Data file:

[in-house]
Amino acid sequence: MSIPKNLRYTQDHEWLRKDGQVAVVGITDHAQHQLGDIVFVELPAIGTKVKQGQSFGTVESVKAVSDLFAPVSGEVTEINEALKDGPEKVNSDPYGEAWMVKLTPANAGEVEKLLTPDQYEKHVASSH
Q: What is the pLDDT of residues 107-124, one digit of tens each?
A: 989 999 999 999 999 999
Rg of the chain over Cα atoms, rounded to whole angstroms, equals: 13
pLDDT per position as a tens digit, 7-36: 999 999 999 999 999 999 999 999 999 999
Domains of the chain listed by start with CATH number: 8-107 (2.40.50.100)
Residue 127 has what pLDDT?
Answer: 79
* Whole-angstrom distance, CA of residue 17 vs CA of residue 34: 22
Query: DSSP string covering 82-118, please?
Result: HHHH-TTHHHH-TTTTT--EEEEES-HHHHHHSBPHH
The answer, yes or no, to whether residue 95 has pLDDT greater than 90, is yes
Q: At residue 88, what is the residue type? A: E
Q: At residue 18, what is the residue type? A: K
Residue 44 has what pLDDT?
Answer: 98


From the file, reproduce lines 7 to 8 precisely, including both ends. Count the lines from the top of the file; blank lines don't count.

Domains of the chain listed by start with CATH number: 8-107 (2.40.50.100)
Residue 127 has what pLDDT?